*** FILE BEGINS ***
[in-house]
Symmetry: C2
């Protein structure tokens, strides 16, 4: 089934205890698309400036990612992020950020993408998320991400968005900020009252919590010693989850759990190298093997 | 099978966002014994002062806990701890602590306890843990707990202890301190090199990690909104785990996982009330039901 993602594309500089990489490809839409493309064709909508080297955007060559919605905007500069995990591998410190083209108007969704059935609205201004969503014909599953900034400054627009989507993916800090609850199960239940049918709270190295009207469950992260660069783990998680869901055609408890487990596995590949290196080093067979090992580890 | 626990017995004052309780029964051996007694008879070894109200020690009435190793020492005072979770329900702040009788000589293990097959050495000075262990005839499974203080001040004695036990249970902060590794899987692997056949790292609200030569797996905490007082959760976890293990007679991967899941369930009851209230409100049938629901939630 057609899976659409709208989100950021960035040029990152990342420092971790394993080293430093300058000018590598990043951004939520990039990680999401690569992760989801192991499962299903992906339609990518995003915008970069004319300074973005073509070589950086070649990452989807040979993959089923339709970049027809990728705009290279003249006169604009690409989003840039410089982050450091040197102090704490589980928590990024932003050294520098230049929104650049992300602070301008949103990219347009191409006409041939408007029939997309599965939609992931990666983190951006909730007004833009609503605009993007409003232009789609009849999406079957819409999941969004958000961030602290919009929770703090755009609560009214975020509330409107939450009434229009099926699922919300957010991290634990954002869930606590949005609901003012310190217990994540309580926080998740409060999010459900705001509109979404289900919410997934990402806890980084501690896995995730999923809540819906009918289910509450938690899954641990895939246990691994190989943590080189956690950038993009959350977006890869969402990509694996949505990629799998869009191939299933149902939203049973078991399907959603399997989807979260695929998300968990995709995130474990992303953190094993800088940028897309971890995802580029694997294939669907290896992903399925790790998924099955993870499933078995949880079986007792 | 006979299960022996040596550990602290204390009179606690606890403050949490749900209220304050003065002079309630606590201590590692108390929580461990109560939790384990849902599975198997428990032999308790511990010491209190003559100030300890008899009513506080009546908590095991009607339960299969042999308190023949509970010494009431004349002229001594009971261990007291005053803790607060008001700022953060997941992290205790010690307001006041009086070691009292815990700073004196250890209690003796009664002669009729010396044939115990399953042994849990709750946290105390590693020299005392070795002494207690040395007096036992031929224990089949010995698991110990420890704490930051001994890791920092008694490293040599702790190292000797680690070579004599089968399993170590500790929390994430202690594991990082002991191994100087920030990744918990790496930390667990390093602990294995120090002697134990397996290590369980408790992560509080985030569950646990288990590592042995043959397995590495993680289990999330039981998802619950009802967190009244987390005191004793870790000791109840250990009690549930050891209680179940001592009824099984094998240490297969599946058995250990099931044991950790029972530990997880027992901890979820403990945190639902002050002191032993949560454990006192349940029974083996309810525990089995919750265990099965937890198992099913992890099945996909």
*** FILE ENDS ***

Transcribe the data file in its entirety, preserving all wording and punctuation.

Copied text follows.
[in-house]
Symmetry: C2
């Protein structure tokens, strides 16, 4: 089934205890698309400036990612992020950020993408998320991400968005900020009252919590010693989850759990190298093997 | 099978966002014994002062806990701890602590306890843990707990202890301190090199990690909104785990996982009330039901 993602594309500089990489490809839409493309064709909508080297955007060559919605905007500069995990591998410190083209108007969704059935609205201004969503014909599953900034400054627009989507993916800090609850199960239940049918709270190295009207469950992260660069783990998680869901055609408890487990596995590949290196080093067979090992580890 | 626990017995004052309780029964051996007694008879070894109200020690009435190793020492005072979770329900702040009788000589293990097959050495000075262990005839499974203080001040004695036990249970902060590794899987692997056949790292609200030569797996905490007082959760976890293990007679991967899941369930009851209230409100049938629901939630 057609899976659409709208989100950021960035040029990152990342420092971790394993080293430093300058000018590598990043951004939520990039990680999401690569992760989801192991499962299903992906339609990518995003915008970069004319300074973005073509070589950086070649990452989807040979993959089923339709970049027809990728705009290279003249006169604009690409989003840039410089982050450091040197102090704490589980928590990024932003050294520098230049929104650049992300602070301008949103990219347009191409006409041939408007029939997309599965939609992931990666983190951006909730007004833009609503605009993007409003232009789609009849999406079957819409999941969004958000961030602290919009929770703090755009609560009214975020509330409107939450009434229009099926699922919300957010991290634990954002869930606590949005609901003012310190217990994540309580926080998740409060999010459900705001509109979404289900919410997934990402806890980084501690896995995730999923809540819906009918289910509450938690899954641990895939246990691994190989943590080189956690950038993009959350977006890869969402990509694996949505990629799998869009191939299933149902939203049973078991399907959603399997989807979260695929998300968990995709995130474990992303953190094993800088940028897309971890995802580029694997294939669907290896992903399925790790998924099955993870499933078995949880079986007792 | 006979299960022996040596550990602290204390009179606690606890403050949490749900209220304050003065002079309630606590201590590692108390929580461990109560939790384990849902599975198997428990032999308790511990010491209190003559100030300890008899009513506080009546908590095991009607339960299969042999308190023949509970010494009431004349002229001594009971261990007291005053803790607060008001700022953060997941992290205790010690307001006041009086070691009292815990700073004196250890209690003796009664002669009729010396044939115990399953042994849990709750946290105390590693020299005392070795002494207690040395007096036992031929224990089949010995698991110990420890704490930051001994890791920092008694490293040599702790190292000797680690070579004599089968399993170590500790929390994430202690594991990082002991191994100087920030990744918990790496930390667990390093602990294995120090002697134990397996290590369980408790992560509080985030569950646990288990590592042995043959397995590495993680289990999330039981998802619950009802967190009244987390005191004793870790000791109840250990009690549930050891209680179940001592009824099984094998240490297969599946058995250990099931044991950790029972530990997880027992901890979820403990945190639902002050002191032993949560454990006192349940029974083996309810525990089995919750265990099965937890198992099913992890099945996909």